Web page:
John Cage on meditation and art

Alan Anderson interviews John Cage on the influence of Buddhism and meditation on his work and his life.

Alan Anderson
1 November 1994
Photo by ilkerender.

Am interested in being of any help I can in your work if you wish me to.
I have no meditation except my daily scheduled work which begins with the watering of the plants, answering the telephone and the mail & continues with my music, writing with words (mostly mesostics), and/or graphic work (drawing if at home; watercolors or etchings in special studios), and ends often with a game of chess. I would prefer a live interview.

This was John Cage’s handwritten reply to my request for an interview. I was working on a project called “Artists Who Meditate” and Cage, one of the most influential composers of the 20th century, was most receptive. He believed that if someone wrote to him or called him, it was simply a matter of course that he should respond. Cage was filled with human obligation; it was part of living and making art non-intentionally.

At a young age John Cage (1912- 1992) began a lifelong study of music, mushrooms, painting, poetry, dance, and eastern philosophy. Early in his adult life, he devoted himself to the study of music with Arnold Schoenberg. His friends and colleagues included Marcel Duchamp and Merce Cunningham, and together, they had an extraordinarily profound effect on art. One of the major shifts they effected was from art that revolved around the artist/onlooker dynamic to one of participation.

It is not surprising that Cage was interested in mind and studied Hinduism and Buddhism. Here he found the inspiration and strength to let go of control and let art “imitate nature in her manner of operation” (in the words of A. K. Coomaraswamy). The operation he chose was that of “chance” based upon the I Ching. As he said in 1957, the purpose in writing music is that of “purposeless play”: “This play, however, is an affirmation of life—not an attempt to bring order out of chaos nor to suggest improvements in creation, but simply to wake up to the very life we’re living which is so excellent once one gets one’s mind and one’s desires out of its way and lets it act of its own accord.”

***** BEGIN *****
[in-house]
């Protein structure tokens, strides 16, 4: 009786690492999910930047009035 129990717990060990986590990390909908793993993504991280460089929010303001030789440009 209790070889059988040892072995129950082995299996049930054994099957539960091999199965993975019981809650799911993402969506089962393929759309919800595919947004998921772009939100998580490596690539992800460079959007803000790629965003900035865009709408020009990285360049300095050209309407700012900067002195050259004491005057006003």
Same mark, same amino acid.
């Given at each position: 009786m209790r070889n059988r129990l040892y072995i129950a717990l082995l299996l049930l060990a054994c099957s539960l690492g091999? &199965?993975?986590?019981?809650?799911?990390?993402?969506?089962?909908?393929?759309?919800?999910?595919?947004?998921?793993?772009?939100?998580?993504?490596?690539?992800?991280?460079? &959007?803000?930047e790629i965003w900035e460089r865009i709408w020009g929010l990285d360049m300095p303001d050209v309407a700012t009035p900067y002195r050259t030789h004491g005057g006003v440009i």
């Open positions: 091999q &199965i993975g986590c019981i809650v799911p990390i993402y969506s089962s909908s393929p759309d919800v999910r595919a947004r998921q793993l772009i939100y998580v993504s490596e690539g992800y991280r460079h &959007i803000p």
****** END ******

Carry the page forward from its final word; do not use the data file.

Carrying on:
Although Cage was not a meditator per se, he directly applied the essence of meditation practice to his work. Toward the end of his life, Cage shifted his study from Zen to the Dzogchen teachings of Tibetan Buddhism, which emphasize the unimpeded nature of our innate wakefulness.
In order to satisfy my curiosity about Cage’s applied Buddhism, I requested an interview with him in the fall of 1990. Our meeting occurred in his sky-lit, New York City apartment, filled with house- plants. He was so gracious and gentle that I felt completely comfortable. We talked for over two hours, and he probably would have gone on for the rest of the afternoon if I didn’t stop the interview, as his inscrutability was wearing me down.

—Alan Anderson

How did you get interested in Buddhism?

My interest in Zen came about through reading a book called The Perennial Philosophy by Aldous Huxley, which was a collection of remarks of different individuals in different cultures at different times. They all seemed to be pointing in the same direction but they all had different flavors, and the flavor I preferred was that of Zen Buddhism.

Why was that?